In a statement, Seattle Mayor Jenny Durkan said the city would use the Parrott-Reich study to set a minimum wage for drivers equivalent to at least the city’s “minimum wage plus reasonable expenses.” The statement said the study “comes at a time when protecting workers without a safety net is even more critical.”

Other studies, based on research from driver survey data, suggest that drivers make between $5.72 and $14.17 an hour after expenses, depending on the regional market and which costs are included in the calculation.

It is very rare for ride-hail companies to share data with outside researchers. The companies have even sued some cities to block rules that would require them to share data, in part, they say, to protect driver and rider privacy. Most academic work about driver wages comes about in two ways: Either an economist who works for Uber or Lyft is a coauthor, or an academic collects data on their own, either through surveys or—in the case of Stanford University and the University of Colorado teams—by actually driving for the apps themselves and mining the data for revelations.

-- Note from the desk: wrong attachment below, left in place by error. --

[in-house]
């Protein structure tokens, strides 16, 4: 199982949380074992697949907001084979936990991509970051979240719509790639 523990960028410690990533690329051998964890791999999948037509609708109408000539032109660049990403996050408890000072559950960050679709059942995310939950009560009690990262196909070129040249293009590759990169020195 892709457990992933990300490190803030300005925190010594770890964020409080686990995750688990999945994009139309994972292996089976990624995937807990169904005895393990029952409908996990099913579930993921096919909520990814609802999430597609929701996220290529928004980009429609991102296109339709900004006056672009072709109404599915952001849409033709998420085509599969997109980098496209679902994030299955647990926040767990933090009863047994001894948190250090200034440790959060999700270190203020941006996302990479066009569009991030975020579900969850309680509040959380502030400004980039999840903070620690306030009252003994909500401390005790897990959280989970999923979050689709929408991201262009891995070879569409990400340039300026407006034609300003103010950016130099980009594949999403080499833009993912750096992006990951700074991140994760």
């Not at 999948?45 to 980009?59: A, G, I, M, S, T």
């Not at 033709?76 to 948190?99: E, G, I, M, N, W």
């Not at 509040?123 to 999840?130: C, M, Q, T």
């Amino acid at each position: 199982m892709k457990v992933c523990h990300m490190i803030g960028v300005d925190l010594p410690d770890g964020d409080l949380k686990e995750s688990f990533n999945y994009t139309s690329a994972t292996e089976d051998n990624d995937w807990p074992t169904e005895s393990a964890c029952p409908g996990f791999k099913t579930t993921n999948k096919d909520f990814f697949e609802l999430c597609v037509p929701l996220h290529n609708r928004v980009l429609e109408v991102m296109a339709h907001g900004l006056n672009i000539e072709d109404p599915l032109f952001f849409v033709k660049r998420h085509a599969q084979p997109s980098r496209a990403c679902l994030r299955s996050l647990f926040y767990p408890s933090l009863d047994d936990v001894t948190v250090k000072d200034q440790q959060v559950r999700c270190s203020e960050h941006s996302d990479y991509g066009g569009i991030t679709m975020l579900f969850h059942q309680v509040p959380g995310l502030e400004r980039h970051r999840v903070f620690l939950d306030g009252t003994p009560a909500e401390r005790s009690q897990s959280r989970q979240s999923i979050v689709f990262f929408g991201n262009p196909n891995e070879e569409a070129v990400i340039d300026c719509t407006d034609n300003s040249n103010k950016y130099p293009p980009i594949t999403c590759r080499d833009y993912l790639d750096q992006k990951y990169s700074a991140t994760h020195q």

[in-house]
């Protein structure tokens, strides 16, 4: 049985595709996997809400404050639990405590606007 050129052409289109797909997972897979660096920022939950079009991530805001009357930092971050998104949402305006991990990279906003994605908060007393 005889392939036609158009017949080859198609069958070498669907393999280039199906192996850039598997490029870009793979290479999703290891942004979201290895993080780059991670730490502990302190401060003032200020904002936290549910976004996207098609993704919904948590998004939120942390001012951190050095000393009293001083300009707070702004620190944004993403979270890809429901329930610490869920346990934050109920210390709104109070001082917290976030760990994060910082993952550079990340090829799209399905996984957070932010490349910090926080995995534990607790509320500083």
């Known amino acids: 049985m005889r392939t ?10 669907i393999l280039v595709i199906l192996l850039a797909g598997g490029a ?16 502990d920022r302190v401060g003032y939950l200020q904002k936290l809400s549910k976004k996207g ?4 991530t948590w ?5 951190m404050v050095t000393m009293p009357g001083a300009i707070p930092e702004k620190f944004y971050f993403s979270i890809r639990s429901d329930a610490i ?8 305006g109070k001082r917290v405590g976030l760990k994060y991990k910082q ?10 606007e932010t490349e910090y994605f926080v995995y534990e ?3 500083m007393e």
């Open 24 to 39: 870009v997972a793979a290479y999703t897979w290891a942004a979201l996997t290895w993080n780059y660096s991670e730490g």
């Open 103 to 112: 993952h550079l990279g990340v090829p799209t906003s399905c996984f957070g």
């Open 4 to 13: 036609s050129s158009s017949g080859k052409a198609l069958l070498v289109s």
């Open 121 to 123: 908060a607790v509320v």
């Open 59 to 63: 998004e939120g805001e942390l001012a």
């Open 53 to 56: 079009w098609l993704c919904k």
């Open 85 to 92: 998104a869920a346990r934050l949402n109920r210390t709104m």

An Uber spokesperson called the Cornell study “an independent, data-driven picture of the full earnings experience of ride-share drivers” and said, “We hope policymakers will take a fact-based approach as they consider new policy proposals by using the insights” from the work. Uber said the Parrott-Reich study “is based on incomplete data and flawed assumptions about drivers’ experiences that are unsupported by facts, evidence or reality.”

In a statement on the Cornell study, a Lyft spokesperson said, “We are hopeful the city [of Seattle] will use this objective data to establish a meaningful guaranteed earnings floor.” Neither company immediately responded to questions about the Parrott–Reich analysis. Now the city will decide how much its drivers ought to be paid.

*by Aarian Marshall via Wired Magazine*